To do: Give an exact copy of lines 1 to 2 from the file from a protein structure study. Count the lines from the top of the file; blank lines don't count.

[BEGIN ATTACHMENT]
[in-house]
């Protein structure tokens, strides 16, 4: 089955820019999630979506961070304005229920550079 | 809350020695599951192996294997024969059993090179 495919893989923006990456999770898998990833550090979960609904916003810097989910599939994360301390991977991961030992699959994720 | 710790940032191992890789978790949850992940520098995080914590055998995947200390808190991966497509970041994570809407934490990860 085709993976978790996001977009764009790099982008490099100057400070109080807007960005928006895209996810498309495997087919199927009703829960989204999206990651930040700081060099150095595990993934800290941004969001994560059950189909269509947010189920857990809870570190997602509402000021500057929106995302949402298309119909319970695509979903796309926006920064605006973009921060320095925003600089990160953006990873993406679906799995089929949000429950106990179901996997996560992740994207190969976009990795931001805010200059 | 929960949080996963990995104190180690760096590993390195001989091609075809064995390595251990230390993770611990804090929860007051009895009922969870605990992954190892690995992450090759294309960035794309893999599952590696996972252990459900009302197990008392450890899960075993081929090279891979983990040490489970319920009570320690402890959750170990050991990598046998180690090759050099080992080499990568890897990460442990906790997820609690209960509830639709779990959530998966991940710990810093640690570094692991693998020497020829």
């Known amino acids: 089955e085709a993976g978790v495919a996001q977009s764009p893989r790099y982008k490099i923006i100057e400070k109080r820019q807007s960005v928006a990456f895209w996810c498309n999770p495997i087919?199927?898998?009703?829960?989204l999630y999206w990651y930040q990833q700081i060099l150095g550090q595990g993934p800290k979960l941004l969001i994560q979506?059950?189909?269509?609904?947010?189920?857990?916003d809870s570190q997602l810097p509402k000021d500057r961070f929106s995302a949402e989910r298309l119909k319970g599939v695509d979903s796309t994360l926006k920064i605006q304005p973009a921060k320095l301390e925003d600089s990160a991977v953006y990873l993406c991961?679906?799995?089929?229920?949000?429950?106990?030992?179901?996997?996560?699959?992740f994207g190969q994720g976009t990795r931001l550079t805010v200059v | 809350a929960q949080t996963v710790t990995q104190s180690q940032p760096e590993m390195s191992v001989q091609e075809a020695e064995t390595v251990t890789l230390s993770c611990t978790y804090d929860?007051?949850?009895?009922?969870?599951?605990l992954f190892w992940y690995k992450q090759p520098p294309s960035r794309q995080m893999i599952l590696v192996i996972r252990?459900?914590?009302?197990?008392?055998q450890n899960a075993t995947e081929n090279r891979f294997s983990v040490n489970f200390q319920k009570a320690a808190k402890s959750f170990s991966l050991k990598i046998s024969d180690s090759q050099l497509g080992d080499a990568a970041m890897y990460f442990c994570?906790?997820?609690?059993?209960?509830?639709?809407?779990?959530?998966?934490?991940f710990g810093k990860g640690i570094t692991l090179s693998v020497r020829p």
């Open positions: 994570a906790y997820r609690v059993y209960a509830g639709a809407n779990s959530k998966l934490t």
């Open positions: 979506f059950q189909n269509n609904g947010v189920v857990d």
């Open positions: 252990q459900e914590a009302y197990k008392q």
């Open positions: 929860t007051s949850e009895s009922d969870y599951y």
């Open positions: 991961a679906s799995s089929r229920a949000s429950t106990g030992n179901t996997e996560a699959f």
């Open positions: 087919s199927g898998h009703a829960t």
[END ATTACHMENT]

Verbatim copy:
[in-house]
């Protein structure tokens, strides 16, 4: 089955820019999630979506961070304005229920550079 | 809350020695599951192996294997024969059993090179 495919893989923006990456999770898998990833550090979960609904916003810097989910599939994360301390991977991961030992699959994720 | 710790940032191992890789978790949850992940520098995080914590055998995947200390808190991966497509970041994570809407934490990860 085709993976978790996001977009764009790099982008490099100057400070109080807007960005928006895209996810498309495997087919199927009703829960989204999206990651930040700081060099150095595990993934800290941004969001994560059950189909269509947010189920857990809870570190997602509402000021500057929106995302949402298309119909319970695509979903796309926006920064605006973009921060320095925003600089990160953006990873993406679906799995089929949000429950106990179901996997996560992740994207190969976009990795931001805010200059 | 929960949080996963990995104190180690760096590993390195001989091609075809064995390595251990230390993770611990804090929860007051009895009922969870605990992954190892690995992450090759294309960035794309893999599952590696996972252990459900009302197990008392450890899960075993081929090279891979983990040490489970319920009570320690402890959750170990050991990598046998180690090759050099080992080499990568890897990460442990906790997820609690209960509830639709779990959530998966991940710990810093640690570094692991693998020497020829």